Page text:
- Sampling Disturbance: a Perennial Problem in Geotechnical Engineering

Organized by: T. Sandene (Norwegian Geotechnical Institute, Norway), L. Monforte (CIMNE, Spain) and S. Oberhollenzer (Norwegian Geotechnical Institute, Norway)
Keywords: disturbance, Sampling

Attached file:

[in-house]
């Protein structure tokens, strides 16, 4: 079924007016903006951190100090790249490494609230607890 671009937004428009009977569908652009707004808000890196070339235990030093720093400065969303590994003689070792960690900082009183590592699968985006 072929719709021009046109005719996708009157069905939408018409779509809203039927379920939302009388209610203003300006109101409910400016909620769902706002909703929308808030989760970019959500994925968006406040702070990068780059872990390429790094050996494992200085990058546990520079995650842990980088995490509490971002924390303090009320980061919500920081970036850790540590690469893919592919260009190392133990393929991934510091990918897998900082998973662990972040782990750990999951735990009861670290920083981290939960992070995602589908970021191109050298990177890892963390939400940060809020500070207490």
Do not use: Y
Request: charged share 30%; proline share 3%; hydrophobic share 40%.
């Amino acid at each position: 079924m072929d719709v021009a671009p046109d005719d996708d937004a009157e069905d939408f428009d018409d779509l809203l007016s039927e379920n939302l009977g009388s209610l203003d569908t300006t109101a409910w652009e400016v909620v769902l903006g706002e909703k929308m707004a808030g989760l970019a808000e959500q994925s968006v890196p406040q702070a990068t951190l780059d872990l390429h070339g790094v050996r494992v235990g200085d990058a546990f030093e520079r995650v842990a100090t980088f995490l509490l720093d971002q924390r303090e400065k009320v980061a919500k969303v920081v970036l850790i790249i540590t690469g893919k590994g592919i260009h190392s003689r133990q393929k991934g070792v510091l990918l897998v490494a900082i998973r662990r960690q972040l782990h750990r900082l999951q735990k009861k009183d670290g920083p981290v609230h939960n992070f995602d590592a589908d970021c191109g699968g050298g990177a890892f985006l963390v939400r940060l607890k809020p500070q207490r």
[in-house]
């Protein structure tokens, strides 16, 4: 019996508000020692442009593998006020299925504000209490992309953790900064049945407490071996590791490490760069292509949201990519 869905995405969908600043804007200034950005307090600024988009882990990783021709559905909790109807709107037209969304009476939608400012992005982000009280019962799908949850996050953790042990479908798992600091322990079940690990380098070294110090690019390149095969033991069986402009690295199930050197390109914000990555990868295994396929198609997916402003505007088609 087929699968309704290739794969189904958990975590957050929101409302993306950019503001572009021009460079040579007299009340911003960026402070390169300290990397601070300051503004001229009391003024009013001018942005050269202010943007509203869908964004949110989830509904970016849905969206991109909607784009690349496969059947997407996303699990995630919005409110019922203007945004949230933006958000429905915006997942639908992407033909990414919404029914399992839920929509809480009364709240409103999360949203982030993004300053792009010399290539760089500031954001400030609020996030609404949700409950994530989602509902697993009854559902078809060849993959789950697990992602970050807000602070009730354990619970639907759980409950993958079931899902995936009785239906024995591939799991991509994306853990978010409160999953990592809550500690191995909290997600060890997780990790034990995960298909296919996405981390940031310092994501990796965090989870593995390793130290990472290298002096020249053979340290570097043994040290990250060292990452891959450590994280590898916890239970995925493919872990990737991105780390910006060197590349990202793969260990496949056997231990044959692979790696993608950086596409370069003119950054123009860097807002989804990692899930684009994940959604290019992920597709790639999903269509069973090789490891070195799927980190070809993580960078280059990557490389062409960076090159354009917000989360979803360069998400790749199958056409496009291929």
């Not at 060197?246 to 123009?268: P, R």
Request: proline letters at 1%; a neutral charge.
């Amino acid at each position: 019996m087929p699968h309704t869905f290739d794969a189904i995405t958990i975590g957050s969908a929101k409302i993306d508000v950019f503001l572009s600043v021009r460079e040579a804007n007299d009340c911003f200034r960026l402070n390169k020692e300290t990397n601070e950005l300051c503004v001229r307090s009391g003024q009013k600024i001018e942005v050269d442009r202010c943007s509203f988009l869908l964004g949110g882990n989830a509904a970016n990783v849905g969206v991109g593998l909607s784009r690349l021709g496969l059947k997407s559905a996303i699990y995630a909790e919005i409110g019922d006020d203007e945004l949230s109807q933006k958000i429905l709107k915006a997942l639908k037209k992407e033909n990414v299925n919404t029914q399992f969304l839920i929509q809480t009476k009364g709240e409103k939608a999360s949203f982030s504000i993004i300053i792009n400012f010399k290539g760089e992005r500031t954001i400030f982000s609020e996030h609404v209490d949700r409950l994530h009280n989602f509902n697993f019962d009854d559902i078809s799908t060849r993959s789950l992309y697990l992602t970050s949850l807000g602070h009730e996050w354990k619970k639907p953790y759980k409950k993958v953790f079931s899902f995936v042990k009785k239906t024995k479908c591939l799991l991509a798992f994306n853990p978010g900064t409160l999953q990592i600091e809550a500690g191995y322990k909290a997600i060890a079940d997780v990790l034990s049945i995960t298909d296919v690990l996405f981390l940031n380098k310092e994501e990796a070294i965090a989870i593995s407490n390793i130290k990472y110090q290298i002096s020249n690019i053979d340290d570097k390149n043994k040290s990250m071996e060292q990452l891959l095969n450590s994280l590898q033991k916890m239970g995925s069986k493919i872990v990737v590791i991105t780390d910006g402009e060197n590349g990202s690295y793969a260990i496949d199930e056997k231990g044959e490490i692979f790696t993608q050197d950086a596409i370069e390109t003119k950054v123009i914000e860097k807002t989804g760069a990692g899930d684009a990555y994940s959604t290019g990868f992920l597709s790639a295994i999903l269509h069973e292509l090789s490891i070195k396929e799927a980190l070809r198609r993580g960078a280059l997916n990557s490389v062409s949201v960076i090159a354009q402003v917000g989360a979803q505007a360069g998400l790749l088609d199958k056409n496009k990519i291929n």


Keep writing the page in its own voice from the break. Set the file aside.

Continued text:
Disturbance of soil specimens is a well-known and highly relevant problem in geotechnical engineering [1]. Recommendations on sampling equipment are available in literature and new sampling equipment have been developed to reach a better sampling quality in a wide range of materials, ranging from soft clays to coarse grained soils [2, 3]. Different procedures for assessing the sampling disturbance have been elaborated and are for example based on (i) visual (non-destructive) inspections of soil specimens [4], (ii) changes in void ratio and (iii) shear wave velocity when reconsolidating the soil specimen to the in-situ stress state [5,6] as well as numerical simulations [7]. Different possibilities of assessing sampling disturbance were compared by various researchers in the past; however, different procedures do not always lead to consistent results. Unfortunately, high-quality specimens are not always available in practical engineering and soil parameters are often derived from partially to fully disturbed or remolded specimens for the geotechnical design. Consequently, a non-sufficient sampling technique or characterization of sampling disturbance can lead to conservative or non-conservative geotechnical design, depending on the skill and experience of the engineer to identify the disturbance and its consequences. This mini-Symposium is intended to provide an overview of high-quality sampling and testing techniques in natural soils and artificial materials. Works aiming to quantify sampling disturbance by means of new and well-established procedures are welcome, either relying on field studies, laboratory modelling or numerical analysis. We especially welcome submissions focusing on (i) new or further development of high-quality sampling techniques, (ii) new possibilities of quantifying sample disturbance, (iii) the comparison of different procedures for assessing sampling disturbance and (iv) the effects of sample disturbance on geotechnical design.